Computer Laboratory

CHERI

Qemu-CHERI

Qemu-CHERI is an adaptation of the popular Qemu ISA emulator to implement the CHERI-MIPS instruction set. Qemu-CHERI boots CheriBSD and passes all of the CheriBSD MIPS and CheriABI tests. It implements 256-bit capabilities, as well as CHERI-128 (ISAv5, ISAv6) compressed capabilities, and "magic" 128-bit capabilities (in which architectural 256-bit capabilities can be compressed to 128 bits without loss when loaded and stored from memory). This latter mode permits easier diagnosis of software bugs associated with 128-bit-sized capabilities vs. those associated specifically with capability compression (e.g., changed alignment requirements). More information on Qemu itself can be found on the Qemu Wiki.

Building and Installing qemu-system-cheri

On FreeBSD, qemu-system-cheri can be installed using the package command:

# pkg install qemu-cheri

For 128-bit capabilities use the following instead:

# pkg install qemu-cheri128

It can also be installed using FreeBSD ports:

# cd /usr/ports/emulators/qemu-cheri; make install

For 128-bit capabilities use:

# cd /usr/ports/emulators/qemu-cheri128; make install

The latest version can be built from the source in the CTSRD-CHERI Github repository. FreeBSD users will need to use gmake instead of make when building Qemu manually:

# git clone http://github.com/CTSRD-CHERI/qemu
# cd qemu
# ./configure --target-list=cheri-softmmu --prefix=/usr/local --disable-linux-user --disable-linux-aio --disable-kvm --disable-xen --extra-cflags=-g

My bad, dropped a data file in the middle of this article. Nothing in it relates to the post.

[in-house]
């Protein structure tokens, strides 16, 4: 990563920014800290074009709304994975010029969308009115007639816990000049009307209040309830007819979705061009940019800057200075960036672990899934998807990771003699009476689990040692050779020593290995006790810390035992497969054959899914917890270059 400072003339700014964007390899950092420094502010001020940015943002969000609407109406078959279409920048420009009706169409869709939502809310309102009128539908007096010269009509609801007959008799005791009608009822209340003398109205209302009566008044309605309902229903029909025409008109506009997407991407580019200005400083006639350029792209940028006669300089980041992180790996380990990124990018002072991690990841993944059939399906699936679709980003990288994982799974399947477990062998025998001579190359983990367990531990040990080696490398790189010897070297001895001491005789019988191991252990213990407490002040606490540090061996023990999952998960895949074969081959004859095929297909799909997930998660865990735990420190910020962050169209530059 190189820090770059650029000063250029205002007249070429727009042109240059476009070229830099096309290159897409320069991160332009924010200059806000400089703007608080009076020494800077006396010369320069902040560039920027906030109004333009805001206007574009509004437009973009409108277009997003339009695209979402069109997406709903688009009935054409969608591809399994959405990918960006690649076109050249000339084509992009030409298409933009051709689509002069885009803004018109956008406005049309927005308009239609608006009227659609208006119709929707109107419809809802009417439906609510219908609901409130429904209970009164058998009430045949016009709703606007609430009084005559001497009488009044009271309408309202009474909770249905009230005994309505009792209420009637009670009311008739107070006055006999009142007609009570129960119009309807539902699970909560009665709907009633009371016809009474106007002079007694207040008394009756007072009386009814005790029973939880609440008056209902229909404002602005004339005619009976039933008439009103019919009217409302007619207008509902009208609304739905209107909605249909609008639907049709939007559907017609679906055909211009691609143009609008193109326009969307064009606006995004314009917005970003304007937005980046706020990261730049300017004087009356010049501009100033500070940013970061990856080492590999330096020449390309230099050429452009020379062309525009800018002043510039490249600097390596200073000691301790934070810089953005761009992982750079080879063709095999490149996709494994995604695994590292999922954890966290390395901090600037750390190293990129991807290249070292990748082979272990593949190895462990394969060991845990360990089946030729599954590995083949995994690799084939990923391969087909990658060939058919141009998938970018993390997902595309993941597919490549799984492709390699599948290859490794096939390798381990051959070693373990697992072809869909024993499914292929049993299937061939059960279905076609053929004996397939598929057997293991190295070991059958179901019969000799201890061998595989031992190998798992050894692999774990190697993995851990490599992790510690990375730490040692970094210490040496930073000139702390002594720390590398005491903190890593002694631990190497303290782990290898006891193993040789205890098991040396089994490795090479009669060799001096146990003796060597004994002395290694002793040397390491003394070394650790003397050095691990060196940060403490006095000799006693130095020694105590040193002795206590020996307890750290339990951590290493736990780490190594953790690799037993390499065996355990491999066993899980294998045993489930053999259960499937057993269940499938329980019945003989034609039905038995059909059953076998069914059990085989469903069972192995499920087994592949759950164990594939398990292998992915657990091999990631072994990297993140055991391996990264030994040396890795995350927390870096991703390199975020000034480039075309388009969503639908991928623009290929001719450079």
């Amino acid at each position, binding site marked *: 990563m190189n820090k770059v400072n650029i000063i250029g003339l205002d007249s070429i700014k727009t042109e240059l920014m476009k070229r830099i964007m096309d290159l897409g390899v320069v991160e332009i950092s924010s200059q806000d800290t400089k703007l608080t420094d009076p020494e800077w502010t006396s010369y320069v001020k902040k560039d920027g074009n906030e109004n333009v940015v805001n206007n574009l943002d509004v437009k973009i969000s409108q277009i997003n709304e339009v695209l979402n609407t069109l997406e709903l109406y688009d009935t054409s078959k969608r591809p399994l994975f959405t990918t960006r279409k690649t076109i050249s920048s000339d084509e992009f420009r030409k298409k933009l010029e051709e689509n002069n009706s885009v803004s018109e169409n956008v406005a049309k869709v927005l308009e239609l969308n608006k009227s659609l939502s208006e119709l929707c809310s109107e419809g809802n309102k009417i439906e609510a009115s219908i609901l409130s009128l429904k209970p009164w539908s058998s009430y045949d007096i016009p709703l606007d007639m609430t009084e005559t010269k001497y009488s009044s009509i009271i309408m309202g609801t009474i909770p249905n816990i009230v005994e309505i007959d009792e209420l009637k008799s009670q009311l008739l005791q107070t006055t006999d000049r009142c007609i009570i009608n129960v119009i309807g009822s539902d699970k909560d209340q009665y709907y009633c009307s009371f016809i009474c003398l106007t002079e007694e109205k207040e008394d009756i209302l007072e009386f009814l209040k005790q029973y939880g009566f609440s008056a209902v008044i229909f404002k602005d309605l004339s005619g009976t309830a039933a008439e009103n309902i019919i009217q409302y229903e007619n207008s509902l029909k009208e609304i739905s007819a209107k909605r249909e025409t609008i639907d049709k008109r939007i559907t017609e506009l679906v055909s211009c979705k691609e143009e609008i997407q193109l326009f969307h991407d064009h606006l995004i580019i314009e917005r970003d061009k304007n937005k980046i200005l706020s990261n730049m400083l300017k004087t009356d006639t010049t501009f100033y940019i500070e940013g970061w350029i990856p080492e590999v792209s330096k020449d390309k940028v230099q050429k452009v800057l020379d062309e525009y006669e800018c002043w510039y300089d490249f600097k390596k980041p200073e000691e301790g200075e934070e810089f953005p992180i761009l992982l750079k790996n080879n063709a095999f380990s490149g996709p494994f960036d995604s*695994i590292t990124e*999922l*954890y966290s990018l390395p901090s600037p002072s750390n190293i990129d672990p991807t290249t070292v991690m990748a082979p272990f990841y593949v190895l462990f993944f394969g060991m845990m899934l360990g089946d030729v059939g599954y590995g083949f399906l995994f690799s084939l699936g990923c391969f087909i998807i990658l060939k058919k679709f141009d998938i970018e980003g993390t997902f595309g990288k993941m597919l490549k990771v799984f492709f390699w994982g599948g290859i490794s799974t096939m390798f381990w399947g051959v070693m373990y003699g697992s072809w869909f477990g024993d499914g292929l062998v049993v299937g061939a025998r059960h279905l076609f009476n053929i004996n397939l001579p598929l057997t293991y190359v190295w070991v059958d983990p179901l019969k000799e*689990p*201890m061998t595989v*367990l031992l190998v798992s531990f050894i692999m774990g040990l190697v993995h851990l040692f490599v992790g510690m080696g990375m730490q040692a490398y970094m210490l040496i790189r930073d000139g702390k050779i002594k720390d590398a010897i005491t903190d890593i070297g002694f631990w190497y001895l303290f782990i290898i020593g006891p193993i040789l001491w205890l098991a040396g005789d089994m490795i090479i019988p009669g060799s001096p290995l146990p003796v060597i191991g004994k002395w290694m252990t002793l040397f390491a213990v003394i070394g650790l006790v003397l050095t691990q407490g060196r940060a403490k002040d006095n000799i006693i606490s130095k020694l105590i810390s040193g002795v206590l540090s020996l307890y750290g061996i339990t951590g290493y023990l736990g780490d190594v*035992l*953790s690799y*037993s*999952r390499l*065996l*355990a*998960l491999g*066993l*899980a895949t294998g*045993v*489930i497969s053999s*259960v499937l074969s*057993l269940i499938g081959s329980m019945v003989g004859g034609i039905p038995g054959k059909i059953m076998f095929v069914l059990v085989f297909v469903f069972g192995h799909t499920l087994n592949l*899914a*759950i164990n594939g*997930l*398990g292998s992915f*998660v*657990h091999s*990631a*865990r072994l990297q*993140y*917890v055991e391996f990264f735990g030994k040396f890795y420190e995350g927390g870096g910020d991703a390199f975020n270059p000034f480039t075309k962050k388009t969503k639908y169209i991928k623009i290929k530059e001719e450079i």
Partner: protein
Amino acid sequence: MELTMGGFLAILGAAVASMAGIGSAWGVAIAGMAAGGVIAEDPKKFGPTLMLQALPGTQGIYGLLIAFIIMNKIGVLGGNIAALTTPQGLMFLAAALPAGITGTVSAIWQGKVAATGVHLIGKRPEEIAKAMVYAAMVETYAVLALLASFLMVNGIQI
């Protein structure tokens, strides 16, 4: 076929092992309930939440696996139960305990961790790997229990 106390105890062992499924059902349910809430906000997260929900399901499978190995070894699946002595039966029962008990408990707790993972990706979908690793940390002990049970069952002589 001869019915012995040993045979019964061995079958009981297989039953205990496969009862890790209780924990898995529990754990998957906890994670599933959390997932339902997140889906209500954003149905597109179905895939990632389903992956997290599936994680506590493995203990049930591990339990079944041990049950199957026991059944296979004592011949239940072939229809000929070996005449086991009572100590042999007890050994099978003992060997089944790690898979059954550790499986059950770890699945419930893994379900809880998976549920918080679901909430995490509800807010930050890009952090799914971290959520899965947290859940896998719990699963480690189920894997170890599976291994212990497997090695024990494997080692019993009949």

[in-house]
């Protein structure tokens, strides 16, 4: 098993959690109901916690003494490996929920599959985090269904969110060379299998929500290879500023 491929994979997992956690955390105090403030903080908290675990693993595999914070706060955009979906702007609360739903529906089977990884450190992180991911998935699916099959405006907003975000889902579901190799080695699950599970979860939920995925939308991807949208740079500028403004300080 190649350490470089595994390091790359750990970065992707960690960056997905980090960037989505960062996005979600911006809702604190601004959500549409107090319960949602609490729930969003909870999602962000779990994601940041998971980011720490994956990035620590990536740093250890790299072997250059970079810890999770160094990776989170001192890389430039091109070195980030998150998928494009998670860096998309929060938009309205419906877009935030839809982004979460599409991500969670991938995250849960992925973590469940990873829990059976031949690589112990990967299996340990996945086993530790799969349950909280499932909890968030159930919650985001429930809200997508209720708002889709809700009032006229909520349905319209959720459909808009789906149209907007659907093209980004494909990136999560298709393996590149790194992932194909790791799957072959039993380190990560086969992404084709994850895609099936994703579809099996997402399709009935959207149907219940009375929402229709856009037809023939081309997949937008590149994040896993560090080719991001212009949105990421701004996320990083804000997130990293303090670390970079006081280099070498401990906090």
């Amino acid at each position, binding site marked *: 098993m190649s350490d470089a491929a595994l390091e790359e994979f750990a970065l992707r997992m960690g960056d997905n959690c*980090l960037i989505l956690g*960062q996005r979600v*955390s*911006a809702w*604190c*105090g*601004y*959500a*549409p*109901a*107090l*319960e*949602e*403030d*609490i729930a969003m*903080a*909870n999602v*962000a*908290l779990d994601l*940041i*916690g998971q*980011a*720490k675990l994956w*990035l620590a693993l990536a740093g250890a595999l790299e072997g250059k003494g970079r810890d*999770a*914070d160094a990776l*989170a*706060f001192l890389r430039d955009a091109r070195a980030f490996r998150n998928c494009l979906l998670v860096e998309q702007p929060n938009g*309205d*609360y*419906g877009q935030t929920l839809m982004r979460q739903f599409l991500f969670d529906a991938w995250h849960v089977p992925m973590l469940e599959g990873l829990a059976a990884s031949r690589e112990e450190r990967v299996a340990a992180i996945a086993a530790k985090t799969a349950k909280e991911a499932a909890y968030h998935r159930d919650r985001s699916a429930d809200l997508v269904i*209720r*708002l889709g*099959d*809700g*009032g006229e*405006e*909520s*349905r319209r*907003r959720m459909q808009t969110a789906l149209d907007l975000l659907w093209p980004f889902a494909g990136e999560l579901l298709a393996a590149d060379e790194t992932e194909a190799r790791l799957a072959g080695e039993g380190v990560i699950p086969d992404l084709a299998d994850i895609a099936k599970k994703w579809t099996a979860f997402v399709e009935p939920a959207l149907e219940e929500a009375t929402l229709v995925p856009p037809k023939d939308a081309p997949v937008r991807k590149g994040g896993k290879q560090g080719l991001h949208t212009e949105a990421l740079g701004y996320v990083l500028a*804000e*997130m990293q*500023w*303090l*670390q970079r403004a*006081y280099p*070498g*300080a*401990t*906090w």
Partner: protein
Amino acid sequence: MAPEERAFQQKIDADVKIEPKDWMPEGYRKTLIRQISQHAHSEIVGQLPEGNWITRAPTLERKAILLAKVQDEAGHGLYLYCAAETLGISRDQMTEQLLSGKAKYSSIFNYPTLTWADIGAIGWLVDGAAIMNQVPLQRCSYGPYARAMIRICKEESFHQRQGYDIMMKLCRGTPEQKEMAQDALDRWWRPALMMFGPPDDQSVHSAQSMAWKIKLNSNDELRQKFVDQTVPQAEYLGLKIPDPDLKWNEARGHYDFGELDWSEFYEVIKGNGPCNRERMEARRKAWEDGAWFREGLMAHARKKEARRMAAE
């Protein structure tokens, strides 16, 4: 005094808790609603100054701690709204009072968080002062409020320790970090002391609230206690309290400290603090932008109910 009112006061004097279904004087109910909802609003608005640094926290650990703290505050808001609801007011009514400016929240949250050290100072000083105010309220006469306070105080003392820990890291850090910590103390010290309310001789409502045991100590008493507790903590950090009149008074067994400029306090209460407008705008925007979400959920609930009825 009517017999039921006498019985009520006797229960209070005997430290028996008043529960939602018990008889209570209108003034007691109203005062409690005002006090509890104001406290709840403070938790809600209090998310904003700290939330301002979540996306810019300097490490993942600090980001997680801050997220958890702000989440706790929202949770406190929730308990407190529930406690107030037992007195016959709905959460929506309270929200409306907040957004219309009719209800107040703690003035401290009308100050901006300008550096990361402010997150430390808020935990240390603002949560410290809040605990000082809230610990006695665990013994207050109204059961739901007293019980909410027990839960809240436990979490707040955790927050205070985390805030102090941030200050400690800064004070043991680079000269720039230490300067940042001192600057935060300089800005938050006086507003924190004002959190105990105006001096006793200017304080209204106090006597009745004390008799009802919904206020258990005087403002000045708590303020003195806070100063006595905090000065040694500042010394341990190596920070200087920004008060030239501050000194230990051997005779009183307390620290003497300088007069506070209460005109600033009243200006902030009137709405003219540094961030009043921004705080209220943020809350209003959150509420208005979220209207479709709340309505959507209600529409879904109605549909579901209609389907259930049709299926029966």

# make
# make install

For compressed 128-bit capabilities, add the "-DCHERI_128" flag to CFLAGS:

[...]
# ./configure --target-list=cheri-softmmu --prefix=/usr/local --disable-linux-user --disable-linux-aio --disable-kvm --disable-xen --extra-cflags="-g -DCHERI_128"

For "magic" 128-bit capabilities, add "-DCHERI_MAGIC128" flag to CFLAGS:

[...]
# ./configure --target-list=cheri-softmmu --prefix=/usr/local --disable-linux-user --disable-linux-aio --disable-kvm --disable-xen --extra-cflags="-g -DCHERI_MAGIC128"

Building CheriBSD Kernel and Disk Image

To build a suitable kernel and disk image follow the detailed instructions in the CHERI Programmer's Guide. More information can also be found on the CheriBSD web page. Use the CHERI_MALTA64 (or CHERI128_MALTA64) kernconf to build the kernel. In short, on a FreeBSD host:

  1. Install dependencies, if not already installed:
    # pkg install git gettext cmake ninja
  2. Build CHERI clang cross compiler (also see Chapter 2 of CHERI Programmer's Guide):
    % git clone git://github.com/CTSRD-CHERI/llvm.git
    % cd llvm/tools
    % git clone git://github.com/CTSRD-CHERI/clang.git
    % cd ..
    % mkdir Build
    % cd Build
    % cmake -G Ninja -DCMAKE_BUILD_TYPE:STRING=Release -DBUILD_SHARED_LIBS:BOOL=ON -DLLVM_DEFAULT_TARGET_TRIPLE:STRING=cheri-unknown-freebsd ..
    % ninja

    or for 128-bit capabilities add "-DLLVM_CHERI_IS_128=ON" to the cmake options:

    % cmake -G Ninja -DCMAKE_BUILD_TYPE:STRING=Release -DLLVM_CHERI_IS_128=ON -DBUILD_SHARED_LIBS:BOOL=ON -DLLVM_DEFAULT_TARGET_TRIPLE:STRING=cheri-unknown-freebsd ..